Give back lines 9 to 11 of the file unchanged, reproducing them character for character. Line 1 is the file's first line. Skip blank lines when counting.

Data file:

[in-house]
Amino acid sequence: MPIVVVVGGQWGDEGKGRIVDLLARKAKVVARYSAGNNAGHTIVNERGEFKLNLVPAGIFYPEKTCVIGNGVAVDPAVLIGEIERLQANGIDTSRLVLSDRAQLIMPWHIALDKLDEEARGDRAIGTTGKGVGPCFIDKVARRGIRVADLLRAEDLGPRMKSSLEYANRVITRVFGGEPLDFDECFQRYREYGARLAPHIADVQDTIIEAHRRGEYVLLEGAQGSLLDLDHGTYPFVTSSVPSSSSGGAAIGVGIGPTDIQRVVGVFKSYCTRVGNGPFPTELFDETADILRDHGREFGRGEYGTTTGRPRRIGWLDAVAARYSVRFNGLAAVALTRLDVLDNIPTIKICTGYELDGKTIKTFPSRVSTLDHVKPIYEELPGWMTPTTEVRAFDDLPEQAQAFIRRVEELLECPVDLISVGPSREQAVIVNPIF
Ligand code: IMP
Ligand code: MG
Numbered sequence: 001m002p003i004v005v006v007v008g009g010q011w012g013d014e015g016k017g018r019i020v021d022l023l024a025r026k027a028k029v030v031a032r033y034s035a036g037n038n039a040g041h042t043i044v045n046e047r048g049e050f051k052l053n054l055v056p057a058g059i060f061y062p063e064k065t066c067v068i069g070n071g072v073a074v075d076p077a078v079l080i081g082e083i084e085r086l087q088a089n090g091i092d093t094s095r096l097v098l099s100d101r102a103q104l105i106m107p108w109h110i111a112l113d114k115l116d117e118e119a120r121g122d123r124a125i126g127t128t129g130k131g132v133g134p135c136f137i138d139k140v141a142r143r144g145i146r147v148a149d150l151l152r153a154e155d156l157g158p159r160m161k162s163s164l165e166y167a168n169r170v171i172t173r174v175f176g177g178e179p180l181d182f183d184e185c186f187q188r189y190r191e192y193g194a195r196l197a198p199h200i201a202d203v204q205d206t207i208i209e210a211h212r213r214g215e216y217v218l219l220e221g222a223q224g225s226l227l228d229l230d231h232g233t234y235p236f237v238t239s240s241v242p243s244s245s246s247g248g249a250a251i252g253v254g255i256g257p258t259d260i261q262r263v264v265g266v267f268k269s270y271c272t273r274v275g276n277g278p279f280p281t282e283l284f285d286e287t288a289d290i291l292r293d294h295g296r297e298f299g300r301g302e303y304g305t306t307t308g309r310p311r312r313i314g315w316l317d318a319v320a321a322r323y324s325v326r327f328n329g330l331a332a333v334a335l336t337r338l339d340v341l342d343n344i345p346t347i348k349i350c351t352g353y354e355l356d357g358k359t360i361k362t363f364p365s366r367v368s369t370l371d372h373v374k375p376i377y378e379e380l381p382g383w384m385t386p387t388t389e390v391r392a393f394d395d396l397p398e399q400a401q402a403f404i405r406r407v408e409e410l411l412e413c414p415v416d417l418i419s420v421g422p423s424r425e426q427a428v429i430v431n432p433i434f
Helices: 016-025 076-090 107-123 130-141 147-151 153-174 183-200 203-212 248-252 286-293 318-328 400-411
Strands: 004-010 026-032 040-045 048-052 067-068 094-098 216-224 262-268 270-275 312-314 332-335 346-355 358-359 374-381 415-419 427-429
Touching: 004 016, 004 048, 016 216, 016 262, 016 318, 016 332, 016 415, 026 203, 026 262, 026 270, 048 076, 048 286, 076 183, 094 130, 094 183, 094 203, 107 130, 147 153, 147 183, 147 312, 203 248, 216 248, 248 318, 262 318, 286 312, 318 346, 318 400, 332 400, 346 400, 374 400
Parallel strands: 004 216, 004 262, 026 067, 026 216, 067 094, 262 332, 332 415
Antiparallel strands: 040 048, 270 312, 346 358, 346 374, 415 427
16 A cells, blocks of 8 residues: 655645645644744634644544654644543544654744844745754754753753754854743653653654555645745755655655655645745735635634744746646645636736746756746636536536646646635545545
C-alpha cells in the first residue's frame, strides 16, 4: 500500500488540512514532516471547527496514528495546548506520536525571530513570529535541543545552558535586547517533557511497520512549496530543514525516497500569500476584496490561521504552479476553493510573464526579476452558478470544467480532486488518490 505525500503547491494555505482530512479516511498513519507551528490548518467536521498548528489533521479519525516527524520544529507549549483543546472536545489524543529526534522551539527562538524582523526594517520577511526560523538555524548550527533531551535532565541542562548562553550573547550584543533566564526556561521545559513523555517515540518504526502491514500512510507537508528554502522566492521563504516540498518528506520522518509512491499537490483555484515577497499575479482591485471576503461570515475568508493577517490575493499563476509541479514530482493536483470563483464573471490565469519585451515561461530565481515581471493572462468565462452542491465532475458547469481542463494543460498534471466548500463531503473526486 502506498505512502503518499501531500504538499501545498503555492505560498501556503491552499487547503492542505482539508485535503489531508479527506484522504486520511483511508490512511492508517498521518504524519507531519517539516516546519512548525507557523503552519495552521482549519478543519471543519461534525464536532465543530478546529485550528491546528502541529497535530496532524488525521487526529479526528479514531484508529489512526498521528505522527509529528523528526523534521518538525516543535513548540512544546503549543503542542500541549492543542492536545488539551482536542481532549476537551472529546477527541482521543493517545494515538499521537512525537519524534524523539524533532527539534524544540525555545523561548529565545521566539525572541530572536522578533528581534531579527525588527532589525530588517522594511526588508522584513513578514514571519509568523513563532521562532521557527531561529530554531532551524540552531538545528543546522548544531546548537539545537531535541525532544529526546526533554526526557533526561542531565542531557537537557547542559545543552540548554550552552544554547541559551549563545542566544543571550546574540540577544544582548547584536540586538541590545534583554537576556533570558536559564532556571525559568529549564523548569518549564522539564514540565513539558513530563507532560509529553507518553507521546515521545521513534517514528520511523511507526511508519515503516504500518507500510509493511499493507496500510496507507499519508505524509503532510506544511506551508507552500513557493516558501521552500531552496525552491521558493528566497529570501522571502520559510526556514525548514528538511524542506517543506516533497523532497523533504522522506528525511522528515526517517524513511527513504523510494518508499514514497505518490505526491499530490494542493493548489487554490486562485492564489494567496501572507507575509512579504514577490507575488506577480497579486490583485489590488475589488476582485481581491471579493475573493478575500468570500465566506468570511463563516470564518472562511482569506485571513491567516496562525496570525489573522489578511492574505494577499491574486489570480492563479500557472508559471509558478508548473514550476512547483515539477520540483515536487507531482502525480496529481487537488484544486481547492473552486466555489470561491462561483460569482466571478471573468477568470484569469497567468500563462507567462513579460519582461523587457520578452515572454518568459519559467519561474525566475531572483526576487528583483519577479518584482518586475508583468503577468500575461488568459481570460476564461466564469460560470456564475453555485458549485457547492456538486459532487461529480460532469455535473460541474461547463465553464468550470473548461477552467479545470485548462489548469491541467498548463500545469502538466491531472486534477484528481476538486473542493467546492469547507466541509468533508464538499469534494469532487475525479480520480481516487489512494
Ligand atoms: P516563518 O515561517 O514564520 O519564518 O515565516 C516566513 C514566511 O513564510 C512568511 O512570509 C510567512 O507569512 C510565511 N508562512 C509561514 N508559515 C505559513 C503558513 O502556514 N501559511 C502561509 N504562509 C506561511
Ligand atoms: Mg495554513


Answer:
Parallel strands: 004 216, 004 262, 026 067, 026 216, 067 094, 262 332, 332 415
Antiparallel strands: 040 048, 270 312, 346 358, 346 374, 415 427
16 A cells, blocks of 8 residues: 655645645644744634644544654644543544654744844745754754753753754854743653653654555645745755655655655645745735635634744746646645636736746756746636536536646646635545545